Israel's Messianic Jews Under Attack

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Pedestrians walk near the outer wall of Jerusalem's old city.

The flyers appeared everywhere inside the Jewish settlement of Ariel, on car windshields and telephone poles, and in bus shelters. "Beware," it read, "these are the members of the Jewish Missionary Cult. They are baptizing Jews into Christianity." Included was a photo of Pastor David Ortiz and his address.

Ortiz didn't give it a thought. His Jewish neighbors liked him, and so did Ariel's mayor, who found Ortiz, originally from Brooklyn, useful in recruiting funds and political support from American and German Evangelicals for this stone-clad settlement on a breezy hilltop inside Palestinian territory.

But somebody disliked Ortiz and his beliefs enough to try to kill him and his family. By chance, Ortiz and his wife Leah were gone on March 20th when an unknown person dropped off a bomb disguised as a holiday gift package loaded with candy and chocolates. When Ortiz's 15 year-old son Ami plucked off a chocolate, it detonated a bomb powerful enough to blow out all the apartment's windows apartment and to be heard a mile away. The bomb was packed with nails, screws and needles. Doctors found over 100 pieces of metal embedded in the boy's body by the blast, which sheared off the skin and muscle on his legs and chest. The teenager survived, but still faces six more operations of skin grafts and the removal of shrapnel from his eyes. Whoever did it, says Ortiz, knew "that we adults wouldn't open up the Purim package — it would be the kids."

Messianic Jews, as these Jews who believe in Jesus are called, number just a few in Israel — anywhere between 6,000 and 15,000 — but they provoke hatred all out of proportion to their meager numbers. Many orthodox Jews view them as traitors for joining the Christian faith, which for centuries has persecuted Jews. One Messianic Jew, Tzvi Sadan, a teacher and editor, recalls telling his father, a Holocaust survivor, that he had accepted Jesus as his savior. "My dad flipped out. He said that the SS guards in the camp had 'God Is With Us' written on their belts. He told me, 'You've joined the enemy.' But he calmed down a bit when he saw my prayer shawl."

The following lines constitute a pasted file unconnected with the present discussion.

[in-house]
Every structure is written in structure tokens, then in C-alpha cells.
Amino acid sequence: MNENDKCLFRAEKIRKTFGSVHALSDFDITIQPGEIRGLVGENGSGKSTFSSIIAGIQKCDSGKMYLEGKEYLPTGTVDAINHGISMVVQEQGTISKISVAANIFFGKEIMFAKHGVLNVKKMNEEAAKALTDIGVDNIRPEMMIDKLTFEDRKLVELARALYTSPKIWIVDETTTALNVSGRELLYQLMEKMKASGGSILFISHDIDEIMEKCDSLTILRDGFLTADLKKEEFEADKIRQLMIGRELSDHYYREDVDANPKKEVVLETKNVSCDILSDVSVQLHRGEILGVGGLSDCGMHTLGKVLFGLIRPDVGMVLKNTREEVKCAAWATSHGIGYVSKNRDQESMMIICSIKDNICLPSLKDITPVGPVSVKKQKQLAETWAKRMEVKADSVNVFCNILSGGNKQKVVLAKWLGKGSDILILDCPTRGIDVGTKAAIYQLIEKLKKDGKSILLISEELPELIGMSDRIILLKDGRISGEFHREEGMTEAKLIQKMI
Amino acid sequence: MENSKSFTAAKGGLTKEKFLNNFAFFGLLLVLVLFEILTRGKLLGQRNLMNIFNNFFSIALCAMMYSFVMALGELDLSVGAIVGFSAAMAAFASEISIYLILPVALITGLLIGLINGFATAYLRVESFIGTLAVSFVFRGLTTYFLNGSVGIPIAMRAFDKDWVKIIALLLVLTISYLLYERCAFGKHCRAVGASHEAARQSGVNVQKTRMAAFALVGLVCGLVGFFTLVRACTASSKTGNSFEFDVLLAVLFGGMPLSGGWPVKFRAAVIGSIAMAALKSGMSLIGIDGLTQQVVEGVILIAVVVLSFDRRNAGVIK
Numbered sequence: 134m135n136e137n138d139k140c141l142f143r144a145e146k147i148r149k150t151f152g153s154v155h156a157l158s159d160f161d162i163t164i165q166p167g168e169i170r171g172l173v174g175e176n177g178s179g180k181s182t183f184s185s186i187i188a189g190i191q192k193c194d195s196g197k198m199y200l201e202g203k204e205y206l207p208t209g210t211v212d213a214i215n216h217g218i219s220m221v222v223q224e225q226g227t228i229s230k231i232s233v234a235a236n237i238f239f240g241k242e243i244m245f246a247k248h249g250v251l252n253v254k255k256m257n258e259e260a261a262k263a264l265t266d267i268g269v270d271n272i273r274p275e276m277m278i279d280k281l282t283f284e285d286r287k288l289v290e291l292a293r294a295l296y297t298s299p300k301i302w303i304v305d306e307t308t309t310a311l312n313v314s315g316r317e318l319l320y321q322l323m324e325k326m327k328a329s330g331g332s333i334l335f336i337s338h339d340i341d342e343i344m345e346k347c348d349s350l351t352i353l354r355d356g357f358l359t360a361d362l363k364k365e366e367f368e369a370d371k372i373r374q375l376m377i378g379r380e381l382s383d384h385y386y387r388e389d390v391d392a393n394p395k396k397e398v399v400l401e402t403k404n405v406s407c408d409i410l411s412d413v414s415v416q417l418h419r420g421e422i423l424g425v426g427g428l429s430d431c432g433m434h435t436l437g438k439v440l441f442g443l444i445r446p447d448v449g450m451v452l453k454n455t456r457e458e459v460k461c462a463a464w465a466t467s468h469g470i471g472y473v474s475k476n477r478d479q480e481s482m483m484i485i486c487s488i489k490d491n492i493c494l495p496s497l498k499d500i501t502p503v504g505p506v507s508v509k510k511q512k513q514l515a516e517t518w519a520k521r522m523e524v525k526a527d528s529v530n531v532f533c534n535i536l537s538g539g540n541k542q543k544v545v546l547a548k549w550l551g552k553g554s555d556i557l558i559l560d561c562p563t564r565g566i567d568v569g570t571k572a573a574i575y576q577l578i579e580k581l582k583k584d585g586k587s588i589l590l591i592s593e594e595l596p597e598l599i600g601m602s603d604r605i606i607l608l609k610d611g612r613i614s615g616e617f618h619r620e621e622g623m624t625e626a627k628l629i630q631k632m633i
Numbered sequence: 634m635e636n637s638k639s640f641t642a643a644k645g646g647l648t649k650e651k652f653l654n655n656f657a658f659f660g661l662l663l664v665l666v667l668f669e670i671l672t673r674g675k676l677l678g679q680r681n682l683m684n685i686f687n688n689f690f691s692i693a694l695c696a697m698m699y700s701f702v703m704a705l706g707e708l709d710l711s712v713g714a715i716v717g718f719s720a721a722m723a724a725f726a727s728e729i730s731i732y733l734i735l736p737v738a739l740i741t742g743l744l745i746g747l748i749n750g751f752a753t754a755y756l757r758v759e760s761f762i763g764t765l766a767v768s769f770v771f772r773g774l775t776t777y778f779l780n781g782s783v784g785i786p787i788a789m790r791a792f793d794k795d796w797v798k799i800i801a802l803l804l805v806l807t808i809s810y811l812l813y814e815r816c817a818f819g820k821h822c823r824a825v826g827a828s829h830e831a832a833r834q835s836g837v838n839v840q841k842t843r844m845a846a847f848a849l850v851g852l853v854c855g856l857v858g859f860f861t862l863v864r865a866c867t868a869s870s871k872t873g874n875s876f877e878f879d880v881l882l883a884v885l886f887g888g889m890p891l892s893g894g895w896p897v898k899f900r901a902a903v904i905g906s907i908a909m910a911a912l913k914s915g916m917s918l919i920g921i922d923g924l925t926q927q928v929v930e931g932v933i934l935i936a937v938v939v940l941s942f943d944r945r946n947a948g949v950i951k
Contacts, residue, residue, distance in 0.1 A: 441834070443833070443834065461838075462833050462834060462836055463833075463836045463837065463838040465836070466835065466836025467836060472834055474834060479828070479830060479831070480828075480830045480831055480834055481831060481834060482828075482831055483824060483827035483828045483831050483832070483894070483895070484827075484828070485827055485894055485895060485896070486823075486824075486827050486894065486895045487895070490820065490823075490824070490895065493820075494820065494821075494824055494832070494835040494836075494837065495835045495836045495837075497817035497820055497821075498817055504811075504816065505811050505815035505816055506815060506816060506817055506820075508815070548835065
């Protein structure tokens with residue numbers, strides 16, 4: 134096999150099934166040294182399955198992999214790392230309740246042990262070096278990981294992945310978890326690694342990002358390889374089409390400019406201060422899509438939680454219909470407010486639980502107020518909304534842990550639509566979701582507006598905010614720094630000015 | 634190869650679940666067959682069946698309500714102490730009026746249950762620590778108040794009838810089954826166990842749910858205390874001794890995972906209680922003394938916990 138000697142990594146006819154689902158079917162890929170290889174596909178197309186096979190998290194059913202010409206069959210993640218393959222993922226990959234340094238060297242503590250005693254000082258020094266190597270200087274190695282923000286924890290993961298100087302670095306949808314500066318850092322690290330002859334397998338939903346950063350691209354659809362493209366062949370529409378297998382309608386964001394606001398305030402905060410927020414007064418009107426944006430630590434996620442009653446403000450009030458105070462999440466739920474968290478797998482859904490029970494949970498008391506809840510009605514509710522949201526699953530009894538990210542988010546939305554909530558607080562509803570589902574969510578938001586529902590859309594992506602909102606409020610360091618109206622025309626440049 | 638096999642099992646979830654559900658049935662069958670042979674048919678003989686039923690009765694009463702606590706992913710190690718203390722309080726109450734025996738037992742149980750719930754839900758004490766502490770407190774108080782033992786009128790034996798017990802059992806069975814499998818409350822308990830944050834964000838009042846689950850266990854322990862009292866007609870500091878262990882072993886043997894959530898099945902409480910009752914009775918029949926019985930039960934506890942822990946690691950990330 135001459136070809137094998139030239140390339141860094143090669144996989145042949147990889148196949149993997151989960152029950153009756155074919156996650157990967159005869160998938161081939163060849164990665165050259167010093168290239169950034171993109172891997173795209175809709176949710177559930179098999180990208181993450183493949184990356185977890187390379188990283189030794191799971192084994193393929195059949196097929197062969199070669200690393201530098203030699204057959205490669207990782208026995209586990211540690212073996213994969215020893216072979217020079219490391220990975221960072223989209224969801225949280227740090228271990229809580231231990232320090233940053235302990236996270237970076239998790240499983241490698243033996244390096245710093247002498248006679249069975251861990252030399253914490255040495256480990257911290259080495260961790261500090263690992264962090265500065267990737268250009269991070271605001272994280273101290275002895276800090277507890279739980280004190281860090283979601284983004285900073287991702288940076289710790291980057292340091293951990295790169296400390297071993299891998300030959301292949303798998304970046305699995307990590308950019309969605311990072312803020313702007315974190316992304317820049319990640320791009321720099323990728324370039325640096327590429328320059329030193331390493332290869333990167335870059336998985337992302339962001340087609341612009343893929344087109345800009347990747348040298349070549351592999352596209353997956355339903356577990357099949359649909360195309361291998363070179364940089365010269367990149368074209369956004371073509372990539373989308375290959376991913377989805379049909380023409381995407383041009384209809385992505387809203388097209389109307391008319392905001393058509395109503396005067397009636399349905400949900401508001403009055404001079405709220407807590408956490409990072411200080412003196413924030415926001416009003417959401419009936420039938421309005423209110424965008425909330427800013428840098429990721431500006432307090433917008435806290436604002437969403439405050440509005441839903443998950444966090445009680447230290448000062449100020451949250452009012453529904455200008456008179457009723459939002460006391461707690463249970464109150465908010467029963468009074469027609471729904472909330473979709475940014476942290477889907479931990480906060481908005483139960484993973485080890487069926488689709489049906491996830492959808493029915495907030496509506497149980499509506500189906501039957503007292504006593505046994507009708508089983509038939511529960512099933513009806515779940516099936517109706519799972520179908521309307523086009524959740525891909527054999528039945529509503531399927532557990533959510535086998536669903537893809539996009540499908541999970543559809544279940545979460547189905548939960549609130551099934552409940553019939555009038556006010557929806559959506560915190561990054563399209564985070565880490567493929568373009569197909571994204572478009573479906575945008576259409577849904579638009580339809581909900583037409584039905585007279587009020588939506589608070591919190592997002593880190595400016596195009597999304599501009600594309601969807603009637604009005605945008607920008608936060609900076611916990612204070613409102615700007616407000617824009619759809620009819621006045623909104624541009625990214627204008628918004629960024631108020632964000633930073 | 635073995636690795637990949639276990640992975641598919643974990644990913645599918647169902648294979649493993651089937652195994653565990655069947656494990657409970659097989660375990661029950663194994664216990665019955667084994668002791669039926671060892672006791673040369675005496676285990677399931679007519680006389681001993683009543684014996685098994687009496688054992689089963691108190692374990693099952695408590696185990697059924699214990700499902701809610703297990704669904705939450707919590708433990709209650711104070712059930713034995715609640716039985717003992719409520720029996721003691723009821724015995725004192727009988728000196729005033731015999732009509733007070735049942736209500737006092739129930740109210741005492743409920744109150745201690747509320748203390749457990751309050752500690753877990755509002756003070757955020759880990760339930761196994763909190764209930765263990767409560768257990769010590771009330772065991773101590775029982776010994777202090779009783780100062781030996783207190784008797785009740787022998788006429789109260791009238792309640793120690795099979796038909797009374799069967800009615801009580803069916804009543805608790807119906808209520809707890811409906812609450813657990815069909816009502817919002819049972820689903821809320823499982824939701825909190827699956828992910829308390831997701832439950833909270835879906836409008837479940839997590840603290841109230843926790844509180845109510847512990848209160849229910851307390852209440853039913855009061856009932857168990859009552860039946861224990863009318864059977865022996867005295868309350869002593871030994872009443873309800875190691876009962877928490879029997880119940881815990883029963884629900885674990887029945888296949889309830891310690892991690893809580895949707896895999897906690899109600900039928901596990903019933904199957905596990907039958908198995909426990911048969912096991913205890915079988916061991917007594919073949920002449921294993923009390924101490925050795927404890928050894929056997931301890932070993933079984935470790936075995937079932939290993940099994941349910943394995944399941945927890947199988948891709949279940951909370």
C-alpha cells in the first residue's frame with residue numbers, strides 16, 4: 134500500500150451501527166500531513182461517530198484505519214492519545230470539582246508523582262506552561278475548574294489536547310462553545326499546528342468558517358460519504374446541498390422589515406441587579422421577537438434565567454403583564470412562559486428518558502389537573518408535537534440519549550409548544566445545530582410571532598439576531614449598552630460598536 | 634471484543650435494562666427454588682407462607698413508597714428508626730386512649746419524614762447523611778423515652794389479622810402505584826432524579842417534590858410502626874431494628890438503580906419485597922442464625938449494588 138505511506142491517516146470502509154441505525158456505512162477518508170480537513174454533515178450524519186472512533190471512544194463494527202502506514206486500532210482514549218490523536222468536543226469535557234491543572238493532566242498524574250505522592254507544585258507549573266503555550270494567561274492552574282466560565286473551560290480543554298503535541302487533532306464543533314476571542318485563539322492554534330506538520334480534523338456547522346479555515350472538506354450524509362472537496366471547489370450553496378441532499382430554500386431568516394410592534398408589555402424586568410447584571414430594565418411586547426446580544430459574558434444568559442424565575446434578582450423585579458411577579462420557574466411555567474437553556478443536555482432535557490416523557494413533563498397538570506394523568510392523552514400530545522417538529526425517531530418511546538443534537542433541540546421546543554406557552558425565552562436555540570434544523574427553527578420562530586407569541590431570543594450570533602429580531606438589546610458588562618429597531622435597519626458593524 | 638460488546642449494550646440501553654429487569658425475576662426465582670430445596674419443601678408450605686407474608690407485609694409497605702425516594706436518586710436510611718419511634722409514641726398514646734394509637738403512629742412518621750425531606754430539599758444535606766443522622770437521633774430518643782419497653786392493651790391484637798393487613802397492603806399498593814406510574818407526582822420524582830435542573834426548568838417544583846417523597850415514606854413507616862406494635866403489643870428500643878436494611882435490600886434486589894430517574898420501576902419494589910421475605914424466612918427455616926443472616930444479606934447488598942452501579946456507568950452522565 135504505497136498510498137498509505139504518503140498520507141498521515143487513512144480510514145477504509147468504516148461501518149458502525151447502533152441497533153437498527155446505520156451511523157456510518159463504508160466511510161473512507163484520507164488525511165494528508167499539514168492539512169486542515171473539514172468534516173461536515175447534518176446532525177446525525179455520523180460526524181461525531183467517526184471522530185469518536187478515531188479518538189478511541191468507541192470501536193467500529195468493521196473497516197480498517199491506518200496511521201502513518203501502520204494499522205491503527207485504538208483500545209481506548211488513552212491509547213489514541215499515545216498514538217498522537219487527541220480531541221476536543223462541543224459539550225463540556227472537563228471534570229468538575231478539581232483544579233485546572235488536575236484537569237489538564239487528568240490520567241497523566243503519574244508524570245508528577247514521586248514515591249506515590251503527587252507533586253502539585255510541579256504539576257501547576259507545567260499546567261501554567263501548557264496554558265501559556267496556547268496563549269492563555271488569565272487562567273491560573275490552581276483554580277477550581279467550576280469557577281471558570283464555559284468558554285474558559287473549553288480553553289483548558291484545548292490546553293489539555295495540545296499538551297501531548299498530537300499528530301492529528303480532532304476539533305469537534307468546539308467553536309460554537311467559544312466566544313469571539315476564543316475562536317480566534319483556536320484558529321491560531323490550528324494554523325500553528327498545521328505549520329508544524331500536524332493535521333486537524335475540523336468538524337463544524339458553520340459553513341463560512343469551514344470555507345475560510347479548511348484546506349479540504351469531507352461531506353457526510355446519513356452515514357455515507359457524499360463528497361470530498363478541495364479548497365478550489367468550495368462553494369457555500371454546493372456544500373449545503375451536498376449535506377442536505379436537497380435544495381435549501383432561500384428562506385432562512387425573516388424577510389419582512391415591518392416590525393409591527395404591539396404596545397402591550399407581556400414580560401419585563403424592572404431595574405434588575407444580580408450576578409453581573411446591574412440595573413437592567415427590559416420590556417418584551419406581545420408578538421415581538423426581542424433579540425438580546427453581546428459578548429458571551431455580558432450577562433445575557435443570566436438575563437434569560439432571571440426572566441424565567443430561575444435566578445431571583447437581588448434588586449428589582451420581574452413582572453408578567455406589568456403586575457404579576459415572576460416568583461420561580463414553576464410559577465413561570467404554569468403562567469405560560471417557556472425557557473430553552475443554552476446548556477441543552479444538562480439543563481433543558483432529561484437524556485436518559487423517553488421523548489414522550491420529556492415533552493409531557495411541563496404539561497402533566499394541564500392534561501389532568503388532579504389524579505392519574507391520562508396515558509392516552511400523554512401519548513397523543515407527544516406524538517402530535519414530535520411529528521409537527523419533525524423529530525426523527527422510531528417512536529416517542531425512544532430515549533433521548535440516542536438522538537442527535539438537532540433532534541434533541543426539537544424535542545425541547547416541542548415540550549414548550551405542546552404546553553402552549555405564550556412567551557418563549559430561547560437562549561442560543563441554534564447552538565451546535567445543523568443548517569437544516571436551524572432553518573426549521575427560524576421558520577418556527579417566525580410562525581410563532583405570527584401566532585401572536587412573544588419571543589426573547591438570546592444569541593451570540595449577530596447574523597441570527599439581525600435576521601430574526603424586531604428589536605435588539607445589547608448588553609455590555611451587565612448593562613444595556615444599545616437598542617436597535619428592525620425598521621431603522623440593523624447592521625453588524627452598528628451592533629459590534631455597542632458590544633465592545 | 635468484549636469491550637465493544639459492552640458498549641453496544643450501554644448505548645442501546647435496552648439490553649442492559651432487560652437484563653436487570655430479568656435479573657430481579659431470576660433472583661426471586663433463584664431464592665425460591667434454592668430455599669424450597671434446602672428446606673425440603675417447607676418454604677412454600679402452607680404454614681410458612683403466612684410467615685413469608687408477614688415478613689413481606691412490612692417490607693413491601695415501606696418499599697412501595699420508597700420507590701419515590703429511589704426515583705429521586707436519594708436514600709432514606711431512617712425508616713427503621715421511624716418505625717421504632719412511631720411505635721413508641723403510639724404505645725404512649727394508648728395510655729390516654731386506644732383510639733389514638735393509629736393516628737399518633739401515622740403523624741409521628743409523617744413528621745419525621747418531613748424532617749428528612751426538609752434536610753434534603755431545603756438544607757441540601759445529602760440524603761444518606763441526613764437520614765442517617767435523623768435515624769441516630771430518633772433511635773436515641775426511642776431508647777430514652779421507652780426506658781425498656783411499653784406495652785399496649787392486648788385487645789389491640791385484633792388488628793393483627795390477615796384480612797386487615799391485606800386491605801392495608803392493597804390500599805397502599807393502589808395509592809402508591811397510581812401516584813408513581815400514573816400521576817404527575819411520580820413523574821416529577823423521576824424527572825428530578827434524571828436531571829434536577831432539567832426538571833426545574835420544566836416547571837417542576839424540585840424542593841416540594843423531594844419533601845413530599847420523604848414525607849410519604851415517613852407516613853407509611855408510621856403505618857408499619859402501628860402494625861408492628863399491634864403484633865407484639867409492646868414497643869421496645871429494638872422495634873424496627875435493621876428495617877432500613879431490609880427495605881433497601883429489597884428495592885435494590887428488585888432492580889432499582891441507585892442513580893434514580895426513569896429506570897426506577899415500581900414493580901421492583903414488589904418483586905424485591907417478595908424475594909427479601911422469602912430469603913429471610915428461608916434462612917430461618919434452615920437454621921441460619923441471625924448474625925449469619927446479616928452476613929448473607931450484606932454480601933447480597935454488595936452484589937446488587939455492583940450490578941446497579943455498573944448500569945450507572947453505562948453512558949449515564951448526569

Some rabbis also view the Messianic Jews' conversion as part of a grand Evangelical scheme to fulfill Biblical prophecy (which requires the conversion of the Jews) and hasten the Messiah's arrival. Messianic Jews observe Judaism's rites, holidays and customs but believe in Jesus as the Messiah.

But lately, the outrage among extremist orthodox Jews has spilled into violence. Even after the Ariel bombing it has continued. Last month, when the deputy mayor of Or Yehuda, a town near Tel Aviv, found out that Messianic Jews had been passing out copies of the New Testament to a community of poor Ethiopian Jews, he ordered the books to be collected and they were set alight in a bonfire. He later apologized and said the Bibles had been burned accidentally. "If somebody had done that in Europe to Jewish Torahs, you can image what sort of a reaction that would provoke here," says Ortiz. To be fair, commentators and officials in Israel were quick to condemn the act, comparing it to the infamous book burning by Nazis.

Messianic Jews living in the Negev Desert also say they are routinely harassed and attacked by yeshiva students, some inspired by Yad L'achem, a religious organization dedicated to stamping out Christian missionary activities in Israel. Random acts of anti-Christian violence have also occurred: last October in Jerusalem, a church was fire-bombed, and several days after Christmas, a German pilgrim who was returning from Bethlehem carrying a large wooden cross was attacked by a gang of ultra-orthodox youths who smashed the cross into splinters. These are isolated attacks, and Christians living in Israel say that as long as they refrain from missionary work — prohibited by the Israeli government — they are left free to worship.

Israel finds itself in a predicament: it wants to welcome Christian pilgrims to the Holy Land out of goodwill and for tourism revenue, but it also wants to keep exuberant missionaries from trying to convert Jews. At the same time, news of these attacks — especially the Ariel bombing and the Bible-burning — has circulated widely among Christian churches around the world. "I'm getting calls from Norway," says Leah Ortiz, "asking if Christians are being persecuted in Israel, and I say 'No, of course not.' What happened to our son, this isn't religion. It's insanity."

So far, police have failed to make any arrests in the Ortiz bombing. But whoever assembled the bomb knew what he was doing and had access to plastic explosives, probably stolen from the Israeli military. "We're afraid that whoever did this," says Ortiz, "might try it again. With us, they crossed the line, and we're afraid of it happening to someone else."

Given the hardship Messianic Jews face in Israel and his son's multiple injuries, would the Ortiz move his family back to Brooklyn? "No way," Ortiz replies. "Jesus wasn't born in Brooklyn. He was born here. We're staying." With reporting by Aaron J. Klein/Jerusalem